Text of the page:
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Campaign calls on employers to talk about bereavement support for colleagues

NEW RESEARCH carried out by Willen Hospice in Milton Keynes highlights that 83% of people in Milton Keynes have experienced a bereavement in the last five years, yet only 19% of people find it very easy to talk to others about dying, death and grief.

The research coincides with Dying Matters Awareness week this week (May 8-14) across the UK. The campaign aims to create a compassionate society where people are comfortable talking about death, dying and grief. The theme for this year’s awareness week is Dying Matters at work.

“The stigma that surrounds dying and grief means that many people struggle to cope when faced with the realities of life’s inevitable challenges. This often leaves people feeling isolated and alone,” said Rachael Withe, Willen Hospice’s marketing and communications manager. “This year’s Dying Matters theme recognises that we spend so much of our lives at work and by simply talking openly to those around us, we are helping to make workplaces more compassionate, where people feel supported and confident supporting others.”

One in four people surveyed by the palliative care charity revealed that they have had to stop work at some point to care for someone who has a life-limiting illness. One in three employees do not know if their organisation has a bereavement policy and 17% of managers admitted to not feeling confident supporting a colleague who is bereaved.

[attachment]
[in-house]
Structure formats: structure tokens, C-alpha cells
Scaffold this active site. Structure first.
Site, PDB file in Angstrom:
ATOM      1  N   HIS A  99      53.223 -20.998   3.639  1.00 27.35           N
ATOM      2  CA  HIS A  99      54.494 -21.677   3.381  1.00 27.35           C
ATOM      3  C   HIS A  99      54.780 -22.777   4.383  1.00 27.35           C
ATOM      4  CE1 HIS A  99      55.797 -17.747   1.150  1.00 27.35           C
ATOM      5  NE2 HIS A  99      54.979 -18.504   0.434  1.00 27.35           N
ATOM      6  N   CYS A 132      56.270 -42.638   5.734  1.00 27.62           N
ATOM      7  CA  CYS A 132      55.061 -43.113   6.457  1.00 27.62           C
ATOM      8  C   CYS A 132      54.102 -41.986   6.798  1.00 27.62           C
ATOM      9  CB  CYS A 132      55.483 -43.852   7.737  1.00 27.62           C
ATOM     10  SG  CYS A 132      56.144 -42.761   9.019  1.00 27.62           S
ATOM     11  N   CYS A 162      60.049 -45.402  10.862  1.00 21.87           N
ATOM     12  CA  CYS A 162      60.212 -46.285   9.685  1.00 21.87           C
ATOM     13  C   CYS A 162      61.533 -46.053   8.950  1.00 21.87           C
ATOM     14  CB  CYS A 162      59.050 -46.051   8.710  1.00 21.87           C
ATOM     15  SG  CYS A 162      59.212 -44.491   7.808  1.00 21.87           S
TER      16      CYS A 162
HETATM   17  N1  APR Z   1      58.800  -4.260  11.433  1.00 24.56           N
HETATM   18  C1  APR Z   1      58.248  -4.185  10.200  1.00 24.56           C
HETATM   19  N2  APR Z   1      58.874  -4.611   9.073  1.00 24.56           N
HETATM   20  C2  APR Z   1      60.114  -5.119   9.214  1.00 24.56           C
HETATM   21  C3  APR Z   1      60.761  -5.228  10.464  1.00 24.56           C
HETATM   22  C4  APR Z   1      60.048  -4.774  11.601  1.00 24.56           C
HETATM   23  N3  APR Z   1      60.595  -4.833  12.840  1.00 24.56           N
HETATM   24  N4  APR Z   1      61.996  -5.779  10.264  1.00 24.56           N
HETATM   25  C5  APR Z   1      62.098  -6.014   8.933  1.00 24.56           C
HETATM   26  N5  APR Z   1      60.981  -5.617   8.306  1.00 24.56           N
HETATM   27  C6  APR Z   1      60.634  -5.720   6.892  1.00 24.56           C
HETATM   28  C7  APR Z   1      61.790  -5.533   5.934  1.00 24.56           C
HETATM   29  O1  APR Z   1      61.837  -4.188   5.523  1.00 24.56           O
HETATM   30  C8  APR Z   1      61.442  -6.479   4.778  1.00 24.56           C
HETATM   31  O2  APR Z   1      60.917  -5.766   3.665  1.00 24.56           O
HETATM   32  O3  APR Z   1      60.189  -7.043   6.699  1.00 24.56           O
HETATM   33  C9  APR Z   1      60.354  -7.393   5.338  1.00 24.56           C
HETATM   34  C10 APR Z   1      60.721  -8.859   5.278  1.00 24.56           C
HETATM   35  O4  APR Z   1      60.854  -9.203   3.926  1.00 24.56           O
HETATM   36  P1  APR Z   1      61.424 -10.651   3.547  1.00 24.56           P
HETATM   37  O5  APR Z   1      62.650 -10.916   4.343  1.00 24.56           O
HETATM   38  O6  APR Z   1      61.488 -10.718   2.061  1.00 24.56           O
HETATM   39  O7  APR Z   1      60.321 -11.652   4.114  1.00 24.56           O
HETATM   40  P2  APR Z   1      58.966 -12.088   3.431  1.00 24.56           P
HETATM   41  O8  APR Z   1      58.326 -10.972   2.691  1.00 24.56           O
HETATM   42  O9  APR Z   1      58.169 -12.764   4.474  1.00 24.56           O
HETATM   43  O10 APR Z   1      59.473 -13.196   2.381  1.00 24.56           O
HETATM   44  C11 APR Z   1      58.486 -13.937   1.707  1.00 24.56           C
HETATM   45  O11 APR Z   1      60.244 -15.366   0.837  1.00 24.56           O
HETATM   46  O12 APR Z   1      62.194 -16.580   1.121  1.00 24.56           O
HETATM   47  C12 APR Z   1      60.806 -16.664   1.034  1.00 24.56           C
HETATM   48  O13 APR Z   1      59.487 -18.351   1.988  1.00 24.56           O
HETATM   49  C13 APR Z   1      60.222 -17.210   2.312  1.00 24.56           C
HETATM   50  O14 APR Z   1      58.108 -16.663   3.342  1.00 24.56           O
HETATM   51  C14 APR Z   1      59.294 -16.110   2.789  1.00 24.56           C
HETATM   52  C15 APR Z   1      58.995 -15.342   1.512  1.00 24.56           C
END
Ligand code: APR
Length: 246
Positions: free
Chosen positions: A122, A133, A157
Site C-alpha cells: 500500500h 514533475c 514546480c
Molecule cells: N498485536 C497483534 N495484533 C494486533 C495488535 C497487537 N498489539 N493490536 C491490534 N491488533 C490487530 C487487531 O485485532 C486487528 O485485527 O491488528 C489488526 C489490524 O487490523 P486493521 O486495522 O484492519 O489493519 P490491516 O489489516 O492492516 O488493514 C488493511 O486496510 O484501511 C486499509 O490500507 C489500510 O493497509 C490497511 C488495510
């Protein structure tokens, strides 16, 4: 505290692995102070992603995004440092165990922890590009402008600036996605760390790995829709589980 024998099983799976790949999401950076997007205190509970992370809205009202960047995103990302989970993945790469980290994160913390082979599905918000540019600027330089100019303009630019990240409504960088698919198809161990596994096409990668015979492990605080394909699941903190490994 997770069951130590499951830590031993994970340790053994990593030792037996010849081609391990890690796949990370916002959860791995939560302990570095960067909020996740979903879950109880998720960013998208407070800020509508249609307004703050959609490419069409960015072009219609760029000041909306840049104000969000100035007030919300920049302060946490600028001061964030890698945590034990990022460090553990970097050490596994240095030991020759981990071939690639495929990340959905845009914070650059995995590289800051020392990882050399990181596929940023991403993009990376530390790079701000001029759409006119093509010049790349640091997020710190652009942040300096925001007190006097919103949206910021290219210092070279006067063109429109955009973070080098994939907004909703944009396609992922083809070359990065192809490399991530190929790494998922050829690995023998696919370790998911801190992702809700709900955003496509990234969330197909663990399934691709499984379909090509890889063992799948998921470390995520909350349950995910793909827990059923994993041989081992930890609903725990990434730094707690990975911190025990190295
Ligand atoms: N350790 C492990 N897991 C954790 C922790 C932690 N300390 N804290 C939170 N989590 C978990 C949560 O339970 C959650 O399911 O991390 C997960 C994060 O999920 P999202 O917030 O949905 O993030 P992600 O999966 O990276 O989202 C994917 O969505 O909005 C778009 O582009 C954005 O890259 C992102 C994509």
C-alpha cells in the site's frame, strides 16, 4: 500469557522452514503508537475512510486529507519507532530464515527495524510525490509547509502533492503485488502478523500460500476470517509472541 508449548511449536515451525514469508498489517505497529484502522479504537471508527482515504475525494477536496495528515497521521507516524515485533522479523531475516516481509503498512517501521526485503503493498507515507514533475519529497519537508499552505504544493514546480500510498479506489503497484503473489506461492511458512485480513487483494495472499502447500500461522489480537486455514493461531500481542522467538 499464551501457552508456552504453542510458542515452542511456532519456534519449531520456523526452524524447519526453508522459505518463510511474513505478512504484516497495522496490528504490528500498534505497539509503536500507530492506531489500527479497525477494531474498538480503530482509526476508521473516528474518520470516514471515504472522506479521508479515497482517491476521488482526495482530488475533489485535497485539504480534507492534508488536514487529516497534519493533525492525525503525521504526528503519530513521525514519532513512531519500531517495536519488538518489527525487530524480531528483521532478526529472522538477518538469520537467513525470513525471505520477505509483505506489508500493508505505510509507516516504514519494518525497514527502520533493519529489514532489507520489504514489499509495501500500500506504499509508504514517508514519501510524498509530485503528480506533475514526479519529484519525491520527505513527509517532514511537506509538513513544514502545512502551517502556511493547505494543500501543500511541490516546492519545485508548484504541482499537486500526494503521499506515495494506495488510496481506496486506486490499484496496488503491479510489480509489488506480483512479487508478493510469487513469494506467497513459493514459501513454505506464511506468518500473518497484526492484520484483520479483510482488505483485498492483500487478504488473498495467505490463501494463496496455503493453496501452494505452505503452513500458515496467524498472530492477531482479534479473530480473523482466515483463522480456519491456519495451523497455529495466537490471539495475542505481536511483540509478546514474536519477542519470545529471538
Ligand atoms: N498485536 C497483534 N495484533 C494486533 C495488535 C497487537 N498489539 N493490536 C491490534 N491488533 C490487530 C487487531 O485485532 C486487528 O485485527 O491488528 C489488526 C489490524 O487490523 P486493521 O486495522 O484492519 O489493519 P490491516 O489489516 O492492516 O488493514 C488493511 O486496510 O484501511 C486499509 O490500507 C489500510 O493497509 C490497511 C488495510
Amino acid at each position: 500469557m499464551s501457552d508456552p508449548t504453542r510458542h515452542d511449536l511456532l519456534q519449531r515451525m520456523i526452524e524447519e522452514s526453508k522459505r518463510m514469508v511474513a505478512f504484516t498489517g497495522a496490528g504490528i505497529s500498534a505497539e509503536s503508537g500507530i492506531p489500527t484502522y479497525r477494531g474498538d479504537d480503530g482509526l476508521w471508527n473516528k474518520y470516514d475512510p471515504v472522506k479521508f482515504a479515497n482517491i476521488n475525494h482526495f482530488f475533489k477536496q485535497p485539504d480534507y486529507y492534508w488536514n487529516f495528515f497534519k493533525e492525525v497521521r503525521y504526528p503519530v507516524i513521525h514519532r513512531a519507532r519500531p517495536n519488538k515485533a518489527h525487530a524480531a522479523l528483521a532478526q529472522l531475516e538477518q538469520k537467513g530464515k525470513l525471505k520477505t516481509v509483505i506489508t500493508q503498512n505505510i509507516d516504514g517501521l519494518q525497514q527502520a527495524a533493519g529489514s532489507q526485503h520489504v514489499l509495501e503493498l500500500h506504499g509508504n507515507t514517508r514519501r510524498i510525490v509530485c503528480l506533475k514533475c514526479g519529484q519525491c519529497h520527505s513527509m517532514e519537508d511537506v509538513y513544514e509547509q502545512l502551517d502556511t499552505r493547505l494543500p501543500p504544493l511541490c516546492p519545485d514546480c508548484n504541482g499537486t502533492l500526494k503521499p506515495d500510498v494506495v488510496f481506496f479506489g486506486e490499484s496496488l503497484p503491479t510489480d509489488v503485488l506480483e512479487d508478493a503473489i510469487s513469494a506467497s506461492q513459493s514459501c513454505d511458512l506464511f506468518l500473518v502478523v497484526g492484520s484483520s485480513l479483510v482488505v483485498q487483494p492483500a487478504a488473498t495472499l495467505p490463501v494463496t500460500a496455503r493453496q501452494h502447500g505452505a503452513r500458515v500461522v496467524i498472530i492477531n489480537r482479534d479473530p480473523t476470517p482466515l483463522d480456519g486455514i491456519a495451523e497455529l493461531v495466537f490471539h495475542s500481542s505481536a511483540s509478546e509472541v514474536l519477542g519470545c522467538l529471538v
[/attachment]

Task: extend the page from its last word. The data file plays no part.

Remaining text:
Willen Hospice


To encourage more conversations, Willen Hospice has a range of practical tools and resources on its website www.willen-hospice.org.uk/dyingmatters including videos, podcasts and book recommendations.

As well as running Dying Matters to Us sessions for hospice staff to encourage more open dialogue, the charity is hosting a free seminar for local businesses on May 18, sharing their specialist knowledge with business leaders and HR professionals. For more information, email corporate@willen-hospice.org.uk.

“A large part of a person’s life and identity is their employment; being able to provide financially, having a daily routine, having a sense of purpose, and being able to socialise with colleagues,” said Jenni Marks, the hospice’s therapeutic and wellbeing lead. “A life-limiting illness can affect a person in many ways, and they often want to maintain a sense of ‘normality’ for a long as possible.

“The impact of their illness, such as stress, anxiety and physical symptoms can prove challenging at times. Being able to be open about what this impact is on their work and knowing that they have the support from their organisation makes a huge difference to a person’s experience and wellbeing.”

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